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depth of field button

This is a discussion on depth of field button within the Digital photography forums, part of the Photography & Fine art photography category; I have a Nikon D300. It has a depth of field button but I have no idea how to use ...

  1. #1
    reijo is offline Member
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    Default depth of field button

    I have a Nikon D300. It has a depth of field button but I have no idea how to use it.
    All I can notice is that when I decrease the aperture from, say F5.6 to F22, is the scene through the view finder gets darker.
    Am I missing something? Is my vision going?
    Can anyone tell help me here.
    Reijo

  2. #2
    Marko's Avatar
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    It's not the easiest button to use, but when you look through your viewfinder, you are seeing the scene through the LARGEST aperture on the lens regardless of what F stop your lens is set to. When you click the DOF preview button THEN you see the scene through your chosen aperture.

    Since an aperture like F22 is small - the scene (as seen through that small hole) is darker. If you look carefully, you CAN see that the sharpness from foreground to background is SHARPER with an Fstop like F-22.
    Try this during the day in bright sunlight and this will be clear. It's hard to do this in the house because it's dark.
    Hope that helps
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    Mad Aussie's Avatar
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    Quote Originally Posted by marko View Post
    It's not the easiest button to use, but when you look through your viewfinder, you are seeing the scene through the LARGEST aperture on the lens regardless of what F stop your lens is set to. When you click the DOF preview button THEN you see the scene through your chosen aperture.

    Since an aperture like F22 is small - the scene (as seen through that small hole) is darker. If you look carefully, you CAN see that the sharpness from foreground to background is SHARPER with an Fstop like F-22.
    Try this during the day in bright sunlight and this will be clear. It's hard to do this in the house because it's dark.
    Hope that helps
    Marko
    It helps me

    I played briefly with this button on my Canon 400D when I got it and never understood. Recently upgraded to a Canon 40D and looked again at this and was no more the wiser at all. All I ever saw was a scene going darker. Now I know why!

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    Hmm can't say the button is very effective. Stepped outside, bright but overcast day. Used a 1:2.8 lens. When you choose a higher aperture the view darkens too much to see any difference anyhow. I'm sticking with trying out several aperture/shutter combos and choosing what I like best from the results. Gotta love digital.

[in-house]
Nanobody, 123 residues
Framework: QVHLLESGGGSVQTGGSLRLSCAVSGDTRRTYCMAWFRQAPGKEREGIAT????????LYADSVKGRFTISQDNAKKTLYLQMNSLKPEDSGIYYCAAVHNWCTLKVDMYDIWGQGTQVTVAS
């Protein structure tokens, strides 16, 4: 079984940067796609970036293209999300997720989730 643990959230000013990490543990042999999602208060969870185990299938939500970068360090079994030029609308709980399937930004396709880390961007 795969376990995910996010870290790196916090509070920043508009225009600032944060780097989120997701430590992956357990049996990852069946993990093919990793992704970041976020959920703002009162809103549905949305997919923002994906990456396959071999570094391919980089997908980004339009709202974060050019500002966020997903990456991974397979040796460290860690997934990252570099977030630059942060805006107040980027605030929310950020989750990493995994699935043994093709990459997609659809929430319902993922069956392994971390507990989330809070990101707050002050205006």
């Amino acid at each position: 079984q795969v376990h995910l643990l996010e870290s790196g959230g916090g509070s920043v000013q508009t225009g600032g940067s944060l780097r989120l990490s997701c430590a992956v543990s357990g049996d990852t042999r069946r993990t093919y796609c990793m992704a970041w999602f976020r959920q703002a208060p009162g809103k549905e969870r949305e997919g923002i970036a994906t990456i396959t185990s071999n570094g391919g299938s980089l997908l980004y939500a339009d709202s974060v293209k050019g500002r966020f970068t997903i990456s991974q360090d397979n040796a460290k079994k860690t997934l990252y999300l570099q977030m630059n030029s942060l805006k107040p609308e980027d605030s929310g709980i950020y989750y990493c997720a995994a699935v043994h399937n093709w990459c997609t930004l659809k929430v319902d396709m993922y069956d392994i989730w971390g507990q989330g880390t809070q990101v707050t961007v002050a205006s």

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    Don' loose faith. The depth of field preview really isn't that useful at small apertures - too dark to see anything. Where you should be using it is on a really fast lens (f/1.4 to f/2.8 max aperture). Especially if your doing any macro photography. At these apertures you can usually get enough light into the lens to make a determination of the DOF. Sure you can go a head "pop" off a few shots to see how you did, but I still prefer the DOF preview for my macro shots.

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    Thanks for that extra input Michael ... helpful indeed

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    dmagick is offline Member
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    Quote Originally Posted by Mad Aussie View Post
    Hmm can't say the button is very effective. Stepped outside, bright but overcast day. Used a 1:2.8 lens. When you choose a higher aperture the view darkens too much to see any difference anyhow. I'm sticking with trying out several aperture/shutter combos and choosing what I like best from the results. Gotta love digital.
    Compare a low aperture (lowest your lens allows you to), then a mid-range (f-11) and then high (f22+). You will notice a difference between the 3, you won't notice much of a difference between say 4.5 and 5.6 (at least to start off with). I can't say I've used this feature much myself but if I ever get a macro lens it'll come in handy.

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    mindforge is offline Senior Member
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    With digital cameras today. Instead of getting a DOF preview, just take a shot and see what you got and delete it... I'll take a shot and zoom in to take a look. Better to take a minute or two to look at an actual shot and then start shooting. I really can't see any purpose behind a DOF preview.

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